Viva Florida: Florida Before Statehood Traveling Exhibit

TREX logo
Traveling Exhibits from the Museum of Florida History
 From alligators and citrus labels to archaeology and art, the Museum of Florida History's Traveling Exhibits program (TREX) brings Florida history, art, and culture to to communities around the state. The nominal fee covers the exhibition for a three month stay, transportation to your venue and all insurance safeguards for travel.  Bring a piece of Florida through your doors with one of the featured exhibits below.

Exhibits on Offer From the Museum of Florida History

Florida Before Statehood traveling exhibit panels

Viva Florida: Florida Before Statehood

From First Floridians and early colonies to European explorations and journeys seeking freedom, Florida’s story is distinctive.  This exhibit explores the development of Florida into the great state we know today since the landing of Juan Ponce de León and the naming of our state La Florida. Ideal for smaller display spaces, this exhibit would be ideal for school, library or foyer venues.

Seminole People of Florida exhibit logo

Seminole People of Florida: Survival and Success

From isolation in the mid-1800s to the establishment of a sovereign tribe that oversees a major international corporation, the Seminole people have experienced a remarkable journey. They continue to be an important part of Florida’s diverse cultural landscape.

This exhibit focuses on the rich culture that the Seminoles created and sustained during the late nineteenth and twentieth centuries.

Clyde Butcher photo

Visions of Florida: Clyde Butcher Exhibition

Discover an undisturbed paradise that is rapidly disappearing. Through the eyes of one of America's finest landscape photographers, journey into the realm of natural Florida—a world seldom seen either by tourists or longtime residents.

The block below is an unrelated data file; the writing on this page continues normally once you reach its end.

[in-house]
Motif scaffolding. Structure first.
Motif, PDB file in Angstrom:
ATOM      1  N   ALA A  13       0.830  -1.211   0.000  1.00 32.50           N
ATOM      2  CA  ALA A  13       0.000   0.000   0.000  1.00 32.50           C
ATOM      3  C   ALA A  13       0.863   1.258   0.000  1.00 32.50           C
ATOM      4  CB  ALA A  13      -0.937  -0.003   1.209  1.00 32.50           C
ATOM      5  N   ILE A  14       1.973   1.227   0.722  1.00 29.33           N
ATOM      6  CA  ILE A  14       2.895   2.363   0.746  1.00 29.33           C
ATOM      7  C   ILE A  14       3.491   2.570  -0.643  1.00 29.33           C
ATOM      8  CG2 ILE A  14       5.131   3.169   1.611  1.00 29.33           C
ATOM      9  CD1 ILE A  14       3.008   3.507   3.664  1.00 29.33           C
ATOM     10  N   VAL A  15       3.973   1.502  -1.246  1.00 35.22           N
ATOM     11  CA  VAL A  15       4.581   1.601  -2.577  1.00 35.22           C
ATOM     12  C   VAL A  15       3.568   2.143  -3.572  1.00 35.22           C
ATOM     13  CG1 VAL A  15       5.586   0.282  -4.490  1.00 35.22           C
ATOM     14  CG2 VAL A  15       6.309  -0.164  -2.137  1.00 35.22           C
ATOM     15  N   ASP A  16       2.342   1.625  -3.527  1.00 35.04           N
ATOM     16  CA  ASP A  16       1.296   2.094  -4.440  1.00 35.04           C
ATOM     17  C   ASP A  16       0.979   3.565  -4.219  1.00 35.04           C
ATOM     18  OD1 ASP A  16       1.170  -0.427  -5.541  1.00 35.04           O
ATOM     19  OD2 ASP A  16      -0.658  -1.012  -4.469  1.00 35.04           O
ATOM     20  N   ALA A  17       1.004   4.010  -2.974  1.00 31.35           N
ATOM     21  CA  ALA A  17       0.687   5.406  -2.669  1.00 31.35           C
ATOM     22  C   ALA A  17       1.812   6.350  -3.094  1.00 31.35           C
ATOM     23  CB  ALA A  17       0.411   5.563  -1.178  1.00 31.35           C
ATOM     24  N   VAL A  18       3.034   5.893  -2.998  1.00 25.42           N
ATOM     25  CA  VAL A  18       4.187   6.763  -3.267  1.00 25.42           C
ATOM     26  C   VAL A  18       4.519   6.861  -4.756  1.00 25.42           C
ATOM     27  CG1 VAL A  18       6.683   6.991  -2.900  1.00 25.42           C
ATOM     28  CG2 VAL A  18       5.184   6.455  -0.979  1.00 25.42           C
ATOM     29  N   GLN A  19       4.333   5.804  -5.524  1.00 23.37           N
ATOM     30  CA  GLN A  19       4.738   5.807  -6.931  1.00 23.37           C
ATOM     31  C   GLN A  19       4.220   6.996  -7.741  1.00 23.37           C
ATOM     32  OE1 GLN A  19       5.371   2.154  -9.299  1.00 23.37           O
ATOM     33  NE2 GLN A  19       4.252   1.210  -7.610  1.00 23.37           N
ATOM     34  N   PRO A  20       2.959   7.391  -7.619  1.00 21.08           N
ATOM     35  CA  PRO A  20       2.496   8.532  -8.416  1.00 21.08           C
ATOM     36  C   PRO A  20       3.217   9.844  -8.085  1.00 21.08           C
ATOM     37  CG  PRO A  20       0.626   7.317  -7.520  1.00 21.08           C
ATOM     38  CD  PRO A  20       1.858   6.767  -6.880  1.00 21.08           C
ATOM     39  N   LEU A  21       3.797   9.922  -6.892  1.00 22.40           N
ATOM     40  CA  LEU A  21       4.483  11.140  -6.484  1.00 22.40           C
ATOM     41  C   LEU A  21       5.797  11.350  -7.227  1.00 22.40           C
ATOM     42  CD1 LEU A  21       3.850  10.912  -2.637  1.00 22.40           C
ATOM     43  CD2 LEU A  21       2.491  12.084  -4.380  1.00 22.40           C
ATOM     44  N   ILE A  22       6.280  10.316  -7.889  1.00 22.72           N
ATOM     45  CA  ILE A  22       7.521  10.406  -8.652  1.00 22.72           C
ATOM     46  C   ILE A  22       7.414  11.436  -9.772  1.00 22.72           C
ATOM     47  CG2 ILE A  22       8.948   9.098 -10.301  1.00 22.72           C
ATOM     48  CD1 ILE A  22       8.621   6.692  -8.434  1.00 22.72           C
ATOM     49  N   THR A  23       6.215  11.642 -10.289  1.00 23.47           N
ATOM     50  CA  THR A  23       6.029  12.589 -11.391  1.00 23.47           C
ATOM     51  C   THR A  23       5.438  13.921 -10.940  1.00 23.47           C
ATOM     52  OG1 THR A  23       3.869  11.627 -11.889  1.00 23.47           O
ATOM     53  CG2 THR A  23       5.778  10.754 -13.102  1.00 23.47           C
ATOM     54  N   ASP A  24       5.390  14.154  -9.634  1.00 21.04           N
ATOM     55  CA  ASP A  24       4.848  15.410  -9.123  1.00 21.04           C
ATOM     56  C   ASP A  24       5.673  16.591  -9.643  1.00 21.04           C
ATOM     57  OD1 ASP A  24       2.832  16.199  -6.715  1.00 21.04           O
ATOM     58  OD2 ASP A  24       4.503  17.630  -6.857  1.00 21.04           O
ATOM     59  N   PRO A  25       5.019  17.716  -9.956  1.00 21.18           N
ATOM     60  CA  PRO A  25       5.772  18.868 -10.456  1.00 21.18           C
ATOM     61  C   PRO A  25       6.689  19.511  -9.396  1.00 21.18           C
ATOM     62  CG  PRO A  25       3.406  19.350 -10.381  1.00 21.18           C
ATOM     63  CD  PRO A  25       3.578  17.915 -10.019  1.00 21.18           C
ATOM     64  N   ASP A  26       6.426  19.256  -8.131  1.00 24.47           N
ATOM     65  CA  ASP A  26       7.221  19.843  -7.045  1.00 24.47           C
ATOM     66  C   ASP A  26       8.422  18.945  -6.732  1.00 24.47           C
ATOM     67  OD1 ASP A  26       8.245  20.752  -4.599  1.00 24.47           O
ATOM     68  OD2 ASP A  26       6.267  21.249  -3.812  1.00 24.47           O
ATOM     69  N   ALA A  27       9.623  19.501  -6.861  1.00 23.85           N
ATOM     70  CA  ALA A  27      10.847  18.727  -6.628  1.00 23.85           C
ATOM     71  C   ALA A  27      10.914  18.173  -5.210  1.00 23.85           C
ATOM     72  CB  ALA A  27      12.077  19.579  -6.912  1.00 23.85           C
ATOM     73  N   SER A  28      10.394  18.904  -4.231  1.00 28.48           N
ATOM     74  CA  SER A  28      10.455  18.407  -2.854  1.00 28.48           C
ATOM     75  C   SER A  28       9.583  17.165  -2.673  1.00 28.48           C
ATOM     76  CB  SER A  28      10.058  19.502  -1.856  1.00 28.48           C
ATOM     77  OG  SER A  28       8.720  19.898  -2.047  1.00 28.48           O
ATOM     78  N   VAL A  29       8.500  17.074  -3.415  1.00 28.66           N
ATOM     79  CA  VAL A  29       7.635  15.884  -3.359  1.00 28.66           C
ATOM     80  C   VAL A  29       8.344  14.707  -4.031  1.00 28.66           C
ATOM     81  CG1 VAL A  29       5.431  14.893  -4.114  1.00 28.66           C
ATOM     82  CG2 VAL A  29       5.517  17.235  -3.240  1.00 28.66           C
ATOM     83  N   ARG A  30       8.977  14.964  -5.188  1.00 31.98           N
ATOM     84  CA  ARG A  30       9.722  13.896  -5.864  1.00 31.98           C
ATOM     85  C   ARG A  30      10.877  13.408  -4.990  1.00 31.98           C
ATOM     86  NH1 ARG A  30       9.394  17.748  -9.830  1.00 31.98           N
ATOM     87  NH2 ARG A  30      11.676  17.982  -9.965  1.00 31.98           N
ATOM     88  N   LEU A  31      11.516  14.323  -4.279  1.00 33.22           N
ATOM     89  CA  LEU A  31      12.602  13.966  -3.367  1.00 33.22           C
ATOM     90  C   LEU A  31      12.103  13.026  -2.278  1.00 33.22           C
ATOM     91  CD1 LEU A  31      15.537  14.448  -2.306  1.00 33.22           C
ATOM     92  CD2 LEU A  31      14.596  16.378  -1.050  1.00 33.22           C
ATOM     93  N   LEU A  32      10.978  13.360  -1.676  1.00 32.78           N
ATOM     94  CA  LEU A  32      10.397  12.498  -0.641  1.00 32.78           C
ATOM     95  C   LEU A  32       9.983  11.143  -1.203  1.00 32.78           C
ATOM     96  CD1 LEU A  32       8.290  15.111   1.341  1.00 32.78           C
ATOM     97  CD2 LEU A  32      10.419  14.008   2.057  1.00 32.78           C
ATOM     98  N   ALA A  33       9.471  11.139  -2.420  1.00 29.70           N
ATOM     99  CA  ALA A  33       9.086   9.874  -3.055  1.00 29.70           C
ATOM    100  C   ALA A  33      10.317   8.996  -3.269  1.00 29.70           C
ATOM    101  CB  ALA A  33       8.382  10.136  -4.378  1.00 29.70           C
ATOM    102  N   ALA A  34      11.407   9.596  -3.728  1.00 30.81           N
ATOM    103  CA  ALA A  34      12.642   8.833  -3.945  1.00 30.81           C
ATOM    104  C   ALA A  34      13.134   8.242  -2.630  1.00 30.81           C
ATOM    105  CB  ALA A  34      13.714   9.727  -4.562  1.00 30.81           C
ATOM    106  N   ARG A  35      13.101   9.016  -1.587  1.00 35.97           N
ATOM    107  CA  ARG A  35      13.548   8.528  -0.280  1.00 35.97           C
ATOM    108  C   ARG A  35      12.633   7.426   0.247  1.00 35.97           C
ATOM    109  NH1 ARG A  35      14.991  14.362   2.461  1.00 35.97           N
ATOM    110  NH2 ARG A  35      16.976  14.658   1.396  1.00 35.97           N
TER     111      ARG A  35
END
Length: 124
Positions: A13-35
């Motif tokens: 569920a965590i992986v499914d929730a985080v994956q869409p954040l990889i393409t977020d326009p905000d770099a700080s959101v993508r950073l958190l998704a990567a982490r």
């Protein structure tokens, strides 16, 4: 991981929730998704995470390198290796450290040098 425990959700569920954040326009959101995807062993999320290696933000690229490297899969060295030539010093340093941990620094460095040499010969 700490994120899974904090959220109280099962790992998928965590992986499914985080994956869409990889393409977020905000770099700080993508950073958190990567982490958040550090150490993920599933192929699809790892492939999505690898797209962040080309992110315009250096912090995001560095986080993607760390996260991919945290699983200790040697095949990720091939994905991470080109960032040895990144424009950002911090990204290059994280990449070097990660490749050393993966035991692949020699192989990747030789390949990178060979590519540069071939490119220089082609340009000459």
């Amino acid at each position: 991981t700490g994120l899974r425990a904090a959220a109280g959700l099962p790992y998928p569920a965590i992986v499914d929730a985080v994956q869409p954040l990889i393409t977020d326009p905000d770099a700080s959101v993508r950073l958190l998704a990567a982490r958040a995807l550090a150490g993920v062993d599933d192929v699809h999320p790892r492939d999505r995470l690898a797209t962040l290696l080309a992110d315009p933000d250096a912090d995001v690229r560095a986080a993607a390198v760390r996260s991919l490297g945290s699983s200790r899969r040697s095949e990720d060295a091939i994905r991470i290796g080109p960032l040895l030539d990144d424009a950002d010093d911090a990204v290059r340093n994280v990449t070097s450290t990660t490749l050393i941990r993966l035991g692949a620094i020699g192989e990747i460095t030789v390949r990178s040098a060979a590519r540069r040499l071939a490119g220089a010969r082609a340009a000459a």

Maple Leaf exhibit promo

The Maple Leaf Shipwreck

During the latter part of the Civil War in Florida, the Union transport ship Maple Leaf was sunk in the St. John's River near Jacksonville by a Confederate torpedo. After it sank, the ship lay in the St. John's River until 1984, when it was rediscovered and partially excavated by Keith Holland and the St. John's Archaeological Expedition, Inc.

The ship's contents, encased by the river's muddy bottom, provide a time capsule of this period in history, offering a glimpse into previously undocumented aspects of the war and its effects on northeastern Florida.

This exhibit features items used by the soldiers on board the Maple Leaf, an authentic reproduction of the Civil War-era torpedo that was used to sink the ship, and an informational video

For more information or too reserve one of these exhibits visit the Museum of Florida History website or contact Elyse Cornelison, TREX Coordinator, 850.245.6400 /